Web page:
The Taliban’s education minister Abdul Baqi Haqqani announced a series of new restrictions on women and girls’ education in Afghanistan at a press conference Sunday.
Going forward, the Taliban will enforce gender segregation at the country’s universities based on the belief that co-education is un-Islamic.
“Co-education is in conflict with the principles of Islam and, on the other hand, it is in conflict with national values and is against the customs and traditions of Afghans,” Haqqani said.
In outlining the policy, Haqqani announced that campuses should ideally be segregated by gender but short of that, universities should establish alternate class timing or ensure that classrooms are partitioned down the middle and seating is divided based on gender.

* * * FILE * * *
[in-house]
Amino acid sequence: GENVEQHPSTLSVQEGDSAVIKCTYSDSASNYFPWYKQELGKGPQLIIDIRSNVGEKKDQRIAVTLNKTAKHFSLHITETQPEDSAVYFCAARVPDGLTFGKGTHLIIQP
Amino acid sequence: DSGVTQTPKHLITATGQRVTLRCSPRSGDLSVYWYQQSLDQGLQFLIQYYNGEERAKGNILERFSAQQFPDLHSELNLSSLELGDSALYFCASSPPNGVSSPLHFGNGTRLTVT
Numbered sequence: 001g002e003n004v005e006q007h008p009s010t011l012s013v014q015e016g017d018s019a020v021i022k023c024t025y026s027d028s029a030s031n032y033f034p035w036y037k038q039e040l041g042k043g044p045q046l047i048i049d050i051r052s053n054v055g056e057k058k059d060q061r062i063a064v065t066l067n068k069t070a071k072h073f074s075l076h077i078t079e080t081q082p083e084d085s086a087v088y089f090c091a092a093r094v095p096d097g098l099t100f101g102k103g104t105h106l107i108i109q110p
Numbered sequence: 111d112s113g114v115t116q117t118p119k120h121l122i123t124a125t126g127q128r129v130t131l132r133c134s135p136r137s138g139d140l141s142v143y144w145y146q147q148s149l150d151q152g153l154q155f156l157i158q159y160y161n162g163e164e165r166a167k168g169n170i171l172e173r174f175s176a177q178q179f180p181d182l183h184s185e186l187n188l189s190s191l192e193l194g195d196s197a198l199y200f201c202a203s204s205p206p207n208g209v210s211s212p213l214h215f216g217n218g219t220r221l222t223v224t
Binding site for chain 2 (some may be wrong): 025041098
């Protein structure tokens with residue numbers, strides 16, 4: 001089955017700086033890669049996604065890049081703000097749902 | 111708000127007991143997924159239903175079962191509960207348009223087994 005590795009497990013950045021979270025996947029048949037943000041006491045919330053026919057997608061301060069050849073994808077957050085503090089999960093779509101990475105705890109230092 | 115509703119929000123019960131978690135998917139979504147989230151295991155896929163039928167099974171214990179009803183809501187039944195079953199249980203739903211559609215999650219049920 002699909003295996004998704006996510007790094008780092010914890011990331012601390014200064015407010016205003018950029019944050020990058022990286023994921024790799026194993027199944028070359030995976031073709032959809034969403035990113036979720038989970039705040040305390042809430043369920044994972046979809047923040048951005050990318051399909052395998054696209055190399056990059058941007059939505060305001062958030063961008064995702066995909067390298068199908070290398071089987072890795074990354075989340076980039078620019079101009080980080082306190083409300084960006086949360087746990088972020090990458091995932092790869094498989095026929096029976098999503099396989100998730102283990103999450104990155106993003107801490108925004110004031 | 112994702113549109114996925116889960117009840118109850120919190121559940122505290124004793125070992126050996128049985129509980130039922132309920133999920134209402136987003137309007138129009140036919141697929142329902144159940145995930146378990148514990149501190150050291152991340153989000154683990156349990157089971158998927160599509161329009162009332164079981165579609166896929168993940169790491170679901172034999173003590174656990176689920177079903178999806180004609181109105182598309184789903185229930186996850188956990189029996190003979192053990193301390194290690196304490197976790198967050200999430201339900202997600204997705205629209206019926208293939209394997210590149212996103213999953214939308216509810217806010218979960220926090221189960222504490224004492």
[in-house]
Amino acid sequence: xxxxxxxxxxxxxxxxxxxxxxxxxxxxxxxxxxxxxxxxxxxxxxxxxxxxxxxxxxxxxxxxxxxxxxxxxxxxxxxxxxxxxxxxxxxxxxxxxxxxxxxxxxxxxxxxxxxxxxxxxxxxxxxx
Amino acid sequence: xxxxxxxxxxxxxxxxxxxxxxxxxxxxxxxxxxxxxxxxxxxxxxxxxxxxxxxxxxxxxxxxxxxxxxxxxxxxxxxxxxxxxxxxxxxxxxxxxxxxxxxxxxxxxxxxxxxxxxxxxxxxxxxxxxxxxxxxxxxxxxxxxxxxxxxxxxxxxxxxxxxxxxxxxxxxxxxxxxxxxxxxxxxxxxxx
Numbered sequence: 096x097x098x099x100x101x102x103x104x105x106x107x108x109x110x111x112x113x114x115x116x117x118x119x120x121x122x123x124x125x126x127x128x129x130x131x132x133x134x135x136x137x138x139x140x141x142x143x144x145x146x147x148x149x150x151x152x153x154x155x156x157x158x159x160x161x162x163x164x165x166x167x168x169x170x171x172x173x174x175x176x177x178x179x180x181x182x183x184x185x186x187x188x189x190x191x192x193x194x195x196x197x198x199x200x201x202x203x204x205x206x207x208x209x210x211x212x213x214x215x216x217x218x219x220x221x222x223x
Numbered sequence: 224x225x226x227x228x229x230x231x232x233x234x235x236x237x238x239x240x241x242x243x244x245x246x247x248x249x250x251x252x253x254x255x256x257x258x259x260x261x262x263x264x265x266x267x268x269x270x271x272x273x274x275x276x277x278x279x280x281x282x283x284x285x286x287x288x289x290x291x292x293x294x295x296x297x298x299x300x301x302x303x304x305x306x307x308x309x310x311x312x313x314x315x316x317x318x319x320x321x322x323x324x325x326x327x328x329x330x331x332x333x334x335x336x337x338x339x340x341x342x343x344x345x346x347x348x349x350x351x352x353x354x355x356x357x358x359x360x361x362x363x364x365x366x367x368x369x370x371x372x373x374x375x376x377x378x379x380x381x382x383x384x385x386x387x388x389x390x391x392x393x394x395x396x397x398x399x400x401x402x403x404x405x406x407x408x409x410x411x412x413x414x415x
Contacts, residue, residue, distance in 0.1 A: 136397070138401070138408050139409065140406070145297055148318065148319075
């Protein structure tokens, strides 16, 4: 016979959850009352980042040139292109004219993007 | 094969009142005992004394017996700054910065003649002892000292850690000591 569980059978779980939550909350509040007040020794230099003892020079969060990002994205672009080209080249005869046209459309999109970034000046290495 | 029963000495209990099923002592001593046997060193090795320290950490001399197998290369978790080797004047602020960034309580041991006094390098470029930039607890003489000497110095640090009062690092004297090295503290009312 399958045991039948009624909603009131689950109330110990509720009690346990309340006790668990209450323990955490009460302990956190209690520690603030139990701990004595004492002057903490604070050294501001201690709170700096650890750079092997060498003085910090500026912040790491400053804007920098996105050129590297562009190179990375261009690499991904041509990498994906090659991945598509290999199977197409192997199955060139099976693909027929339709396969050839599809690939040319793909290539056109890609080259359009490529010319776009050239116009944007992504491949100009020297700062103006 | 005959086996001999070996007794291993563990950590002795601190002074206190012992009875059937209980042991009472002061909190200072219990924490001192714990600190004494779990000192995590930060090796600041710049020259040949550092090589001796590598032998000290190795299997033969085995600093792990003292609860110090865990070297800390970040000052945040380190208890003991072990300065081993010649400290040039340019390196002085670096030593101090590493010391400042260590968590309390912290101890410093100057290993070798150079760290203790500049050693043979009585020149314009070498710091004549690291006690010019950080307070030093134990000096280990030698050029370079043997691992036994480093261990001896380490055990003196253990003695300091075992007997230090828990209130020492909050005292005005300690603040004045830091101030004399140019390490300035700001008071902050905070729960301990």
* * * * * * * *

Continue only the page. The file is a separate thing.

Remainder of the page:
The Taliban hopes to have women teach female students but if that is not possible, men may teach women, but classes should follow the Taliban’s rigid interpretation of shariah law.
The minister also stated hijab or head coverings will be part of a compulsory dress code but did not specify if this includes the niqab face covering.
Haqqani said the new rules are the outcome of the successful jihad waged against the West to establish an “Islamic system”. The minister does not want to turn back the clock to 20 years ago when the Taliban last ruled and women and girls were not allowed to go to school, but instead the Taliban would “start building on what exists today.”
On Saturday, the Taliban raised their flag over the presidential palace, signaling the start of the new government.
Since their return to power, the Taliban have already banned women from participating in sports and beaten women who took to the streets to call for equal rights , as well as Afghan journalists who covered their protest.
ar/rc (AP, dpa)
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